9. Many of the mechs on the Gearhead website seem to bear a heavy anime influence. Since the Japanese are known to be prolific giant-robot creators, how else has that branch of Oriental culture influenced Gearhead?

Anime has been very influential to GearHead. The main titles I've drawn from are Bubblegum Crisis, Macross, Battle Angel, Iria, and the old Sunrise mecha shows like Dougram, Votoms, and Dunbine. I've tried to pace the combat in GearHead so it feels like the fight sequences from these series.

I've been trying to stay true to the mecha genre, but I haven't been trying to create a mock-Japanese product. I've heard some people complain that GearHead is too anime-like, and other people complain that it isn't anime-like enough. I guess that means I've found a good balance.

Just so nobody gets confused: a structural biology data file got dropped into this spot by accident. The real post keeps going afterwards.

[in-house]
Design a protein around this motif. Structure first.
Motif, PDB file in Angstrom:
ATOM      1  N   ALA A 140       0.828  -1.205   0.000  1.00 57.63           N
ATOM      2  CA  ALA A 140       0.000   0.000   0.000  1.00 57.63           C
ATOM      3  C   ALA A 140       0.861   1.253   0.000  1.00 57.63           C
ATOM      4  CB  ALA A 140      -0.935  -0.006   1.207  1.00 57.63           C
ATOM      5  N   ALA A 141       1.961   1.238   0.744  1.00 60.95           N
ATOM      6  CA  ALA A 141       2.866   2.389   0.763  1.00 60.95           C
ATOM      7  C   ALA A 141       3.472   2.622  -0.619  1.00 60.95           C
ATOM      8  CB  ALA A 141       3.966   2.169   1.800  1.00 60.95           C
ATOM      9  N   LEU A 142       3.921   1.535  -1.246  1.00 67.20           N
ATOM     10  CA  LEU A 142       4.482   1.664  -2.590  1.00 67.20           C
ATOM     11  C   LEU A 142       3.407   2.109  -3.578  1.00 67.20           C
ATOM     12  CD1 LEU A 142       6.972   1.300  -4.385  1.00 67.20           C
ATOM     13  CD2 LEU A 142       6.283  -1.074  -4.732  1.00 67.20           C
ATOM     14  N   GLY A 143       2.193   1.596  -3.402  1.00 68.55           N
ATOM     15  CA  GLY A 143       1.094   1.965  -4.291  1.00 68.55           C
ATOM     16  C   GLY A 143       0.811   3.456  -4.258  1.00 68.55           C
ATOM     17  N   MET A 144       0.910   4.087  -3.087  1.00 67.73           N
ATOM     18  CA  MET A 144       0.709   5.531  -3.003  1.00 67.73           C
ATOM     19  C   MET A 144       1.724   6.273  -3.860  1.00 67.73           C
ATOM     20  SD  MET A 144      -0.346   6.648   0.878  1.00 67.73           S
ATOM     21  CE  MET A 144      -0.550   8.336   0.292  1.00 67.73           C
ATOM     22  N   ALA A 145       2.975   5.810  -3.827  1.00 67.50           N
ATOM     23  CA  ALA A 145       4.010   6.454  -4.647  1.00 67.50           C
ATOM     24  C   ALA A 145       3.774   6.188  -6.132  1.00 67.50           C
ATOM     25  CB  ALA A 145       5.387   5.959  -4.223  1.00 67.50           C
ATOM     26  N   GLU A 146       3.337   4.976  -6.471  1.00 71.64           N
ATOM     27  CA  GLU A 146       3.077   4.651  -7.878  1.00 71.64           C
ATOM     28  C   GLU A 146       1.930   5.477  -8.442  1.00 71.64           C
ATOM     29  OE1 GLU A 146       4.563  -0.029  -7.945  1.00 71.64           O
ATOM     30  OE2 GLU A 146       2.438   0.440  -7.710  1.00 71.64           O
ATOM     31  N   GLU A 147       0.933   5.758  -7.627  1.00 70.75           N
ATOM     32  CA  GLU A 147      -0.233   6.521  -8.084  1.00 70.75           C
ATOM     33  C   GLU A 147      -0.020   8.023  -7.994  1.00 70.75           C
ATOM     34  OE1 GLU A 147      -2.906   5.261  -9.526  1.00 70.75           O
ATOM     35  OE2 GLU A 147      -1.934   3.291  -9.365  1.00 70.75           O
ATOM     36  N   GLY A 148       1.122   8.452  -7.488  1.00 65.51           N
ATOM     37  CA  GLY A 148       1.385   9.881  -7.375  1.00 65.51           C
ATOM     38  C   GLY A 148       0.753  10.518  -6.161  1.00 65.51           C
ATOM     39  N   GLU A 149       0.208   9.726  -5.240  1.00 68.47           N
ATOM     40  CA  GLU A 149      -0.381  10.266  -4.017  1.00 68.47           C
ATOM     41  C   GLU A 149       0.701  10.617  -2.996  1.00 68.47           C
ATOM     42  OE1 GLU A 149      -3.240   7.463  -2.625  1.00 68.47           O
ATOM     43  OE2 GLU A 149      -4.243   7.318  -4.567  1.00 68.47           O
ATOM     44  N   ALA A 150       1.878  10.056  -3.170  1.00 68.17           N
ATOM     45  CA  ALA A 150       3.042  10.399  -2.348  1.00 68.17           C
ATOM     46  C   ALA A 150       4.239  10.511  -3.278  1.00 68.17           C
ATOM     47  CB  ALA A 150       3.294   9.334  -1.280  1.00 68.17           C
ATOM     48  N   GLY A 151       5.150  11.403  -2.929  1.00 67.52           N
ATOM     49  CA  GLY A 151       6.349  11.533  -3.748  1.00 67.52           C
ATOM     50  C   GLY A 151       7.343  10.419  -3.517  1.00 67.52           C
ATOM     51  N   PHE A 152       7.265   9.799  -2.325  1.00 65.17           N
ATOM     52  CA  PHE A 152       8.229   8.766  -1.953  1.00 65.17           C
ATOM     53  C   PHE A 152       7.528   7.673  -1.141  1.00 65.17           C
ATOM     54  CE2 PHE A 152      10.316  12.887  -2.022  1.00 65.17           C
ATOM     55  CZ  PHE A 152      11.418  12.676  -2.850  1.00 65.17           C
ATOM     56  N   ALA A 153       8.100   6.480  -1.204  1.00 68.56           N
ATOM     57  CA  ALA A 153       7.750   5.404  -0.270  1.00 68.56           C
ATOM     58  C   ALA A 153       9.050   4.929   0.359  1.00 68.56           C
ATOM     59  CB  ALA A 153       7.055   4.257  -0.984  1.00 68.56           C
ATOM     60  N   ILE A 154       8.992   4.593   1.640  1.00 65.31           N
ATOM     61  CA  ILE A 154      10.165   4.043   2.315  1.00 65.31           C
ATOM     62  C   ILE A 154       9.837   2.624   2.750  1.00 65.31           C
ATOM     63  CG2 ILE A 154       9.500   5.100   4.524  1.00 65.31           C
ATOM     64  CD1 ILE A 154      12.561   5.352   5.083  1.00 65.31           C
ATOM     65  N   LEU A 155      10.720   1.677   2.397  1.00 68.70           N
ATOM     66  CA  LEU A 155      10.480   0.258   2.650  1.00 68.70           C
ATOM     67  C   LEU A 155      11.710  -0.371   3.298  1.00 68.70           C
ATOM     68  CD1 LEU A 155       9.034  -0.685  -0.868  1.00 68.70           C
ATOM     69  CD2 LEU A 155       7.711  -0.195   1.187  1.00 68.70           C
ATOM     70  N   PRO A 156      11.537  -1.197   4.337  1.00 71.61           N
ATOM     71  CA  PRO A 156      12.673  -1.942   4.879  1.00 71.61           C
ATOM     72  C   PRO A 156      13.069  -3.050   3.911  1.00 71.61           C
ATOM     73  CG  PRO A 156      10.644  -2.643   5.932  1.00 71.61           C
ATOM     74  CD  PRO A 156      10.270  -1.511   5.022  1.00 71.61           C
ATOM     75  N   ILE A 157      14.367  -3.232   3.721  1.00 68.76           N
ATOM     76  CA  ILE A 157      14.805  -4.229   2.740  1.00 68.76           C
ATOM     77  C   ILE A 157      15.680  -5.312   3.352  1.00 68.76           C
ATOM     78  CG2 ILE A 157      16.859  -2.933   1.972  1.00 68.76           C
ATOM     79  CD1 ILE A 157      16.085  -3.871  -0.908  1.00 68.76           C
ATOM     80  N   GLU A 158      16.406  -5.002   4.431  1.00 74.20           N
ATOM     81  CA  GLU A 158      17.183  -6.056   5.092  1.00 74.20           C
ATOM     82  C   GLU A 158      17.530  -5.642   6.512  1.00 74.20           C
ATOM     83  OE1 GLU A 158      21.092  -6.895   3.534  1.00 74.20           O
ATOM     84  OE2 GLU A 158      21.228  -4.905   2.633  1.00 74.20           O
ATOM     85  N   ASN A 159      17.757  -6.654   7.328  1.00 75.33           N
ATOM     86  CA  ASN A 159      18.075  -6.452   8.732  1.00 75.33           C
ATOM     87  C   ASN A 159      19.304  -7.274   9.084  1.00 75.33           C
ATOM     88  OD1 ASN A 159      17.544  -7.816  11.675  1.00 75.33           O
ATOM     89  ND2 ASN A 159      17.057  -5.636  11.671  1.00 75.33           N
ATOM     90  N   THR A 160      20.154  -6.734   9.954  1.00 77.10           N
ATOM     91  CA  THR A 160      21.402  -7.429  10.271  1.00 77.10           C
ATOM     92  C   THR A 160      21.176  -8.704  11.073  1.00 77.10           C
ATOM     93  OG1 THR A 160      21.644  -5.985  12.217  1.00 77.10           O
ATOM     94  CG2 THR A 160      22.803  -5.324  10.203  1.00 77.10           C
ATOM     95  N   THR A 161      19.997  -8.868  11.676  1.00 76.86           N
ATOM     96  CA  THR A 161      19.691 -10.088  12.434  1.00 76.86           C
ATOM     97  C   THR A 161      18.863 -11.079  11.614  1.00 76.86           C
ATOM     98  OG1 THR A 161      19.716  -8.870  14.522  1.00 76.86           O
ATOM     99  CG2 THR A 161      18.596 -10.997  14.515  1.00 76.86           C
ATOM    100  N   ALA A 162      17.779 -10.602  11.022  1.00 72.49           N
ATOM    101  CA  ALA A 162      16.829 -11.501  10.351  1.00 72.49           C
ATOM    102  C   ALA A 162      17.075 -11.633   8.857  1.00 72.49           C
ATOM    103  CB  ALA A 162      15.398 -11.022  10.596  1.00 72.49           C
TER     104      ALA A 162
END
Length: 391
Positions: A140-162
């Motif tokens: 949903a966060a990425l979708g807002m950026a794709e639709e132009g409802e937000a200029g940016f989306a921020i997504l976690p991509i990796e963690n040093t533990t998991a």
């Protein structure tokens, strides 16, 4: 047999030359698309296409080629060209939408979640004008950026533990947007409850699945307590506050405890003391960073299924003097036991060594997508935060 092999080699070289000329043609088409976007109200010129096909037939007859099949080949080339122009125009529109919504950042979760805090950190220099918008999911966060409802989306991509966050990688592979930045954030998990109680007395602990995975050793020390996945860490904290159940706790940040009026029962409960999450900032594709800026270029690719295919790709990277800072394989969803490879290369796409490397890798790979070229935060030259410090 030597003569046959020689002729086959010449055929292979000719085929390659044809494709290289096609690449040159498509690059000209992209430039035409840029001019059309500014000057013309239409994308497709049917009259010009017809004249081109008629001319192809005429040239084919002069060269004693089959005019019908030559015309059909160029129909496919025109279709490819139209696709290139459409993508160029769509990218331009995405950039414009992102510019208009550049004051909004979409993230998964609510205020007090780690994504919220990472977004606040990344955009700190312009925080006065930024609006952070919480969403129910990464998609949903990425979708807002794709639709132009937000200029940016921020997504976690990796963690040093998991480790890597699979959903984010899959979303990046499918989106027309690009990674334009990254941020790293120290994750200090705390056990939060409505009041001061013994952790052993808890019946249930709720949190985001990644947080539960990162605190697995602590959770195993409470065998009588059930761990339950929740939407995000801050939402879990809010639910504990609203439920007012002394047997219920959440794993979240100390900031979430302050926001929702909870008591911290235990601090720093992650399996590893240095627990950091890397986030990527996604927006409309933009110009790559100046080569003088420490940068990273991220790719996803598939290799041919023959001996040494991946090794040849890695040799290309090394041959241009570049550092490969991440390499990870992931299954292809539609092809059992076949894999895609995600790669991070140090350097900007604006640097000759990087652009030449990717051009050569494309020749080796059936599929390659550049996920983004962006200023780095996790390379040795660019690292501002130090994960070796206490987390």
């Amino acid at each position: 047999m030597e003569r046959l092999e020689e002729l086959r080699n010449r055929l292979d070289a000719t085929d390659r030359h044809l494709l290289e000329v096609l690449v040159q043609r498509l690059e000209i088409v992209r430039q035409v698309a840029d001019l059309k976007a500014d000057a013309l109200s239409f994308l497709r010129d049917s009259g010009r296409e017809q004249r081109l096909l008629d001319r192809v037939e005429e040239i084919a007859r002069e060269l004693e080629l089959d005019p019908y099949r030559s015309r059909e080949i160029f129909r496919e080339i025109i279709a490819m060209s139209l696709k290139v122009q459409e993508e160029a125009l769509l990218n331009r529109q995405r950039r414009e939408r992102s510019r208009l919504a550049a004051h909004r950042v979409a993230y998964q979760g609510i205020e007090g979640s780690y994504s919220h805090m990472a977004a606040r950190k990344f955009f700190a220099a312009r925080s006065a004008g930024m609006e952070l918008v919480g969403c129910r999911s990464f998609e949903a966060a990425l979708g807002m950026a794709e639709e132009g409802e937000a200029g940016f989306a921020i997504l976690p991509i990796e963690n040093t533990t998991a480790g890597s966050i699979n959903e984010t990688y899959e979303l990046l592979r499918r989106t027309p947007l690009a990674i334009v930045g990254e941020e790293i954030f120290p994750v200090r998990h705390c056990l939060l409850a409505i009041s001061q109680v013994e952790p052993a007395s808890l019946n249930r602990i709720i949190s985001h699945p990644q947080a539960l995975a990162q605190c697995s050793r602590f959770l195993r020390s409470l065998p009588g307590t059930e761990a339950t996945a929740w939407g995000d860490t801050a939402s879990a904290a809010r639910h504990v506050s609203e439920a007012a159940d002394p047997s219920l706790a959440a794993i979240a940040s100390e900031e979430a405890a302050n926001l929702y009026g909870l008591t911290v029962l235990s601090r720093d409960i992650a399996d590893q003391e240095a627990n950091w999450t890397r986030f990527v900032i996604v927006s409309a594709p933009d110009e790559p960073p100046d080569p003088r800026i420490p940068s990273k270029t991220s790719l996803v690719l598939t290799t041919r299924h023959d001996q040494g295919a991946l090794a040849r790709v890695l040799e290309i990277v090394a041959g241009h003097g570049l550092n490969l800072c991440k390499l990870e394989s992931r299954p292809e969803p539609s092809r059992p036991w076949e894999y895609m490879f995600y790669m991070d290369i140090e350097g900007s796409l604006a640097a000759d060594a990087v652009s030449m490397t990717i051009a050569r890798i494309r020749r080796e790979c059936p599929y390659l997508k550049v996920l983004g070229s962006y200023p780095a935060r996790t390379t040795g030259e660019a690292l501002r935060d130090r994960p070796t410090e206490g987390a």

As a side note, although many of the mecha and place names sound Japanese, roughly half of them are Korean and the other half are gibberish. I follow the Gundam naming convention: it doesn't matter if a name makes sense, as long as it sounds cool.


10. Gearhead, like many roguelikes, is a totally open-source project. Have any independent programmers that you know of made any significant improvements to the game that you wish you had made? Do you think variants of Gearhead--much like the near-endless variants of AngBand that exist--might be created?


No-one has yet developed any GearHead variants, but a few people have been working on alternate adventures. I'd love to see more of this.


11. Aside from giant mechs blasting each other, what kind of things can players expect to do in Gearhead? Several screenshots of the graphic version show characters on foot. Does the player mostly just buy supplies and talk to NPCs while on foot or is it just the part of the game before you bag a mech?